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August 22, 2014

U.S. Telecom May Launch VoLTE Nationally Next Year

Data is beginning to take over the global market of wireless devices. Telecoms are slowly beginning the switch from voice calls over wireless networks to voice calls over data networks—the prominent technology known as voice over LTE (VoLTE)—and they will undoubtedly begin to see an increase in the capability and clarity of these calls as a result of the switch.

In line with previous announcements from other major U.S. telecoms, Verizon said this week that it will soon get on board the VoLTE train by rolling out the technology on its networks come the beginning of next year. Die-hard fans of the newest tech will have to wait until 2016 to get their hands on LTE-only phones, but the entire Verizon network may soon support calls through data on handsets already capable of completing the task.

Further analysis of the issue comes courtesy of Forbes.

"Considering that 3G services are almost ubiquitous in the country and LTE is quickly gaining traction, the adoption of VoLTE seems to be the natural and logical choice for carriers in their shift towards data. T-Mobile was the first to launch the service in select markets in May and was quickly followed by AT&T."

TMC also covered the announcements from T-Mobile and AT&T back in May. Both companies reportedly said they would be starting VoLTE services in select markets in the coming months and years. It is that distinction of "select markets" that makes the Verizon announcement here somewhat different from that of its competition.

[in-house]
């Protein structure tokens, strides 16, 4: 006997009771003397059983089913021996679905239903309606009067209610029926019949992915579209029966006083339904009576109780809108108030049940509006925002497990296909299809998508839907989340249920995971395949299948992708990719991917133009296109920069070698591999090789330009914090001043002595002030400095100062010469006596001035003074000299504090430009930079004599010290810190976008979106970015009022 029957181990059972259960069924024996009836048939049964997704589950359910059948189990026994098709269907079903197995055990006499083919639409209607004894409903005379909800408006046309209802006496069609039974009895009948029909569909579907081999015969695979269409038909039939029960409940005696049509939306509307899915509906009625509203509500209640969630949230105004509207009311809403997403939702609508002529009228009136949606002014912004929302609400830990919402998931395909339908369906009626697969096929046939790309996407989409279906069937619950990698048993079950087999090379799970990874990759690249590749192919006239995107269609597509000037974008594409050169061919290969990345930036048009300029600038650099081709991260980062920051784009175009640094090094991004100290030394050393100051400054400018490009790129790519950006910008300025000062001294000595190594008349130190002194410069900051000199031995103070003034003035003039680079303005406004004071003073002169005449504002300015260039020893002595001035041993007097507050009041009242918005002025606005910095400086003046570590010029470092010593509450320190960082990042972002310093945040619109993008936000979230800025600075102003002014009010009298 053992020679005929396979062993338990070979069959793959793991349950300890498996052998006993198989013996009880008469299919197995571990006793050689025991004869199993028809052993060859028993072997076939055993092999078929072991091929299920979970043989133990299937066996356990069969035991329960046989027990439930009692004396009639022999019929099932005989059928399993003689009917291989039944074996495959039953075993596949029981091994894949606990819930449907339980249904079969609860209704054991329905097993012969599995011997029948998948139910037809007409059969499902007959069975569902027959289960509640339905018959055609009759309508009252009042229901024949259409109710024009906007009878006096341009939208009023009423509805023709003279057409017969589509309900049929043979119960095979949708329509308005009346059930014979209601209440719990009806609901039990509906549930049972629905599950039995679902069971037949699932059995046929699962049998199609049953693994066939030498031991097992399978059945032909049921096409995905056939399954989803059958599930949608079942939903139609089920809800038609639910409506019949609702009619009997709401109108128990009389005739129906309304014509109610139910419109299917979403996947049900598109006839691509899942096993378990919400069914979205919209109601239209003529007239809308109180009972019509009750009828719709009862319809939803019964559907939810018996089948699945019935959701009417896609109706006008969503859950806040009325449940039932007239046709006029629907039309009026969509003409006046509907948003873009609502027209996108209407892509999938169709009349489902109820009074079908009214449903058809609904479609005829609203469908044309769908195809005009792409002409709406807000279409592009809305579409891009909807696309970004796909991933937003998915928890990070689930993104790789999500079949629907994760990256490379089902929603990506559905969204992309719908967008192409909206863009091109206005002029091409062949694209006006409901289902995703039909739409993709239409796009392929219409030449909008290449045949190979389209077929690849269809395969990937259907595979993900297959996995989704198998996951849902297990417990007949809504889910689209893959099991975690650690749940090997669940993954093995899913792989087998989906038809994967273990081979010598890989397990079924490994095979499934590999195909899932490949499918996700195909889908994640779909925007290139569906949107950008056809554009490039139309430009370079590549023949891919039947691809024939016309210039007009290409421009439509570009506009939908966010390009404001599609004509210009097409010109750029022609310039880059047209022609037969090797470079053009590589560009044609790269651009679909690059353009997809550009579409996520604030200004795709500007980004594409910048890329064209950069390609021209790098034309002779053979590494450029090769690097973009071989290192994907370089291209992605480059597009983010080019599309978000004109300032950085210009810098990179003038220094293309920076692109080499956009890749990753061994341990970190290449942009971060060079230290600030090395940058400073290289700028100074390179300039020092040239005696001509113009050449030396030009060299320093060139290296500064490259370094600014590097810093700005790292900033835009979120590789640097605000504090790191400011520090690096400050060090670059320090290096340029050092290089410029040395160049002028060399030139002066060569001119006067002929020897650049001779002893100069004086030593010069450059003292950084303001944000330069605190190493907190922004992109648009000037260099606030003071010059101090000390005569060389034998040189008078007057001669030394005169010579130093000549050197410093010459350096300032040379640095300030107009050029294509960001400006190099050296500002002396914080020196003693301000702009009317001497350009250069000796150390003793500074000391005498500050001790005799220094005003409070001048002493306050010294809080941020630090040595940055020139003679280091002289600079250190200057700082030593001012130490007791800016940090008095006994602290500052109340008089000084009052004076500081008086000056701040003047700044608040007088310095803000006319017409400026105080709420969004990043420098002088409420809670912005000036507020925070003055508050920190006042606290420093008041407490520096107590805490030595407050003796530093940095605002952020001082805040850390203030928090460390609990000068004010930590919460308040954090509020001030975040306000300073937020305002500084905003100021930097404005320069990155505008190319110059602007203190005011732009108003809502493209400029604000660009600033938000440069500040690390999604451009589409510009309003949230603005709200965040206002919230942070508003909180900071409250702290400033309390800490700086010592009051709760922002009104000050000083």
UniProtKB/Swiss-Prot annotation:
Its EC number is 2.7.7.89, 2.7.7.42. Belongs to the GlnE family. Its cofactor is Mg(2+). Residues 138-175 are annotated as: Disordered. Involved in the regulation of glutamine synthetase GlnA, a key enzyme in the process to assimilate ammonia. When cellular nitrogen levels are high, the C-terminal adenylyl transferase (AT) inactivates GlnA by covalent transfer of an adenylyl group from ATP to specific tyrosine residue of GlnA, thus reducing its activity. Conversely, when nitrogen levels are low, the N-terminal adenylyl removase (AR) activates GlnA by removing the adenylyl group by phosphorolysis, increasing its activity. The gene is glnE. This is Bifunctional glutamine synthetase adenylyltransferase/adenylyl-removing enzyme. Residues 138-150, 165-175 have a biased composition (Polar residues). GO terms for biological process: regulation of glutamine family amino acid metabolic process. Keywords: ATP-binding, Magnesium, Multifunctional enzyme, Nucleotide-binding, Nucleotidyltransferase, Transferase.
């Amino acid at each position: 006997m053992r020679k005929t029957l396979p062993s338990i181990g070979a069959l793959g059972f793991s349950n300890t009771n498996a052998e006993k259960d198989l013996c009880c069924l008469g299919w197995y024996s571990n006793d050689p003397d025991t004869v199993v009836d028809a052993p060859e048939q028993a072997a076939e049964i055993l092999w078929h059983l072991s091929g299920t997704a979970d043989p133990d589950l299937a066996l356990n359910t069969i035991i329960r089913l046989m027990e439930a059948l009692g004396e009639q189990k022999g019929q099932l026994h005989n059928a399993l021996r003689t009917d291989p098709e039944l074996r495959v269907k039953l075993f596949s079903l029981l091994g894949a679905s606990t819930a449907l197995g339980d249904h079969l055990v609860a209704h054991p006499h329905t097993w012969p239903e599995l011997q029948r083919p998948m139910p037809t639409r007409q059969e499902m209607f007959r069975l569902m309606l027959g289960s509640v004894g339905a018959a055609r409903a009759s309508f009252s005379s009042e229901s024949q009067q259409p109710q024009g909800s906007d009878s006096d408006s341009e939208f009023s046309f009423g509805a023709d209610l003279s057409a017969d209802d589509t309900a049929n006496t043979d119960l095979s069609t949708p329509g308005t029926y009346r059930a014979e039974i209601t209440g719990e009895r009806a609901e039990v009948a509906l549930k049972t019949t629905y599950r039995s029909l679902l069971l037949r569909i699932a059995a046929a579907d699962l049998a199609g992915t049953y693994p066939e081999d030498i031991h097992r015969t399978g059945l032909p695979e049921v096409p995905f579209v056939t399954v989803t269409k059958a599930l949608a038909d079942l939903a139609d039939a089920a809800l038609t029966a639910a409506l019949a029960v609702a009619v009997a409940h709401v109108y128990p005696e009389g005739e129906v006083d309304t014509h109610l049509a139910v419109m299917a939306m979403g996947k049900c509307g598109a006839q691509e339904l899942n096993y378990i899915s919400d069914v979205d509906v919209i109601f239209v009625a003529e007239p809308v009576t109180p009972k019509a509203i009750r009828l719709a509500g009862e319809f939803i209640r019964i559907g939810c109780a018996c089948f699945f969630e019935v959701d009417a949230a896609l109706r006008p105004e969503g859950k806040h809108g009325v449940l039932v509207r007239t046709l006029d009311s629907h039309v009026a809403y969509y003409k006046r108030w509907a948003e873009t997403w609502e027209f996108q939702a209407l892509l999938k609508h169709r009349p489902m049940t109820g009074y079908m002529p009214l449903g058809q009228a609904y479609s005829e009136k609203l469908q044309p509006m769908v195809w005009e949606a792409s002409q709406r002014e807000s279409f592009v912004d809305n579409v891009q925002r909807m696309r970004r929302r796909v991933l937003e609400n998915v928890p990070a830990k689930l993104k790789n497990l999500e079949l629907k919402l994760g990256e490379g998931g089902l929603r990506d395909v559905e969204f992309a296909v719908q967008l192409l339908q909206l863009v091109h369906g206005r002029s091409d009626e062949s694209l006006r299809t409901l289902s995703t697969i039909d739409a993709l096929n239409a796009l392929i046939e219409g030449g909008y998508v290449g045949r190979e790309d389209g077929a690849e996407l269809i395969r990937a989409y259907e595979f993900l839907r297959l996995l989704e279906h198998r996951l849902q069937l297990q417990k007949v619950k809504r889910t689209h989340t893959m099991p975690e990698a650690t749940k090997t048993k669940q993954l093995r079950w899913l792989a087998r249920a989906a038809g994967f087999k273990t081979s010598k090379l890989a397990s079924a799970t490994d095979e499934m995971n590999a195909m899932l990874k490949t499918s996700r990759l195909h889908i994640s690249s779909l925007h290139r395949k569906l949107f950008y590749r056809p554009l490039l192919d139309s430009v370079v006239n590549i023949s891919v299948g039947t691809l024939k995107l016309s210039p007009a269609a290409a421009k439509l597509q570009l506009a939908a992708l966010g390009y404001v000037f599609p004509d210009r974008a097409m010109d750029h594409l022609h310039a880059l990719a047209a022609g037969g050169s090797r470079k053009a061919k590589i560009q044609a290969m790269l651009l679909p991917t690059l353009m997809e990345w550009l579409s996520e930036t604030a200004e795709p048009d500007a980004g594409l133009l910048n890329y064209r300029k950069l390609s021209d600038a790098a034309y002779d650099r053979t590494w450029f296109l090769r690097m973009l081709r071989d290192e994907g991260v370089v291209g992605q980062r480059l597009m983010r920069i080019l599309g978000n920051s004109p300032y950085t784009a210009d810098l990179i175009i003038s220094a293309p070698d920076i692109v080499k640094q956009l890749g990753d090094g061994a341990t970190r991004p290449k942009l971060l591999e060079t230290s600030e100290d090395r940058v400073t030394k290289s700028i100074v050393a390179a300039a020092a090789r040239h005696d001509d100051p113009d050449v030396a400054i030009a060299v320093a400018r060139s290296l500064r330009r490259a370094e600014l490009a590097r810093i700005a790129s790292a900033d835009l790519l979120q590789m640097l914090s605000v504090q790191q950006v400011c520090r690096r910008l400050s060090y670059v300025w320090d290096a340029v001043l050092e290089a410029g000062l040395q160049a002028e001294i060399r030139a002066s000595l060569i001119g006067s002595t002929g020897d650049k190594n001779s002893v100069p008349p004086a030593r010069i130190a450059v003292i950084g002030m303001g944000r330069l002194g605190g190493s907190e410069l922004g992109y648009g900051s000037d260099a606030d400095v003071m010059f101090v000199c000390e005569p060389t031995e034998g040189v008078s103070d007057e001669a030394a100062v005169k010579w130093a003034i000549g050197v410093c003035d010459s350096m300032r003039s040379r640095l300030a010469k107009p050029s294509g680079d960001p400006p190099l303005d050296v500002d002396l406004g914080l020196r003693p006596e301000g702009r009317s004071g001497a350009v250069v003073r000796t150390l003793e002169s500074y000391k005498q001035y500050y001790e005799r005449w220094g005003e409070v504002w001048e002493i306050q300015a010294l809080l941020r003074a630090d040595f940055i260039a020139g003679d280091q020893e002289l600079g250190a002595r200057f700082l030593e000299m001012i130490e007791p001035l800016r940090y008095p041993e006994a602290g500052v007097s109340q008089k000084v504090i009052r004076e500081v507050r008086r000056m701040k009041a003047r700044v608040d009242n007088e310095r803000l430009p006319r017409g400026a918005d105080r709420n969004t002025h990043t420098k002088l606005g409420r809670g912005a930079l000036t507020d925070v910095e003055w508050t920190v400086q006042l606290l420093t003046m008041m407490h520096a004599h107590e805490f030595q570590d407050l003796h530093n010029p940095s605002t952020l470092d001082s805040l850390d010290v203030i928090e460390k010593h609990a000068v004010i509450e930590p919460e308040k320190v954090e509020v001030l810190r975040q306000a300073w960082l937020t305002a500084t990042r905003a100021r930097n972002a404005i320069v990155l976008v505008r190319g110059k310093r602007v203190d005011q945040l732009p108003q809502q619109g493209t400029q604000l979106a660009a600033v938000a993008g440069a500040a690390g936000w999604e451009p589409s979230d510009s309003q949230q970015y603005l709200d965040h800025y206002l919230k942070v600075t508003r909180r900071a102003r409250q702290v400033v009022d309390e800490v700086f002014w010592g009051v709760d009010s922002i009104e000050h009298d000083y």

Forbes confirms that AT&T and T-Mobile may only begin their rollouts of the data technology regionally whereas analysts expect Verizon to launch its service nationwide. This could help it compete against the other major providers by offering something they do not. Verizon has tried to recover from significant problems with capacity on its mobile network as of late, and it has branded that recovery XLTE. This extension of the main Verizon brand will likely be tied to the rollout of VoLTE, and since the XLTE is a national campaign, VoLTE, by extension, is also likely to extend nationally.

Verizon also stepped up its game early this year by introducing the "Share Everything" and "More Everything" data plans. In order to compete directly with AT&T, Forbes reports, Verizon dropped its prices for adding an additional line to its 10GB service plan. That effectively dropped services costs from $180 to $160 for a family of four on that plan. The most recent announcement concerning VoLTE did not specifically mention costs. Early adopters can take heart, though, that VoLTE-related packet headers are smaller than unoptimized VoIP and LTE calls, so calls made through the new data service should not consume as much bandwidth as current-generation data calling methods.

Edited by Maurice Nagle

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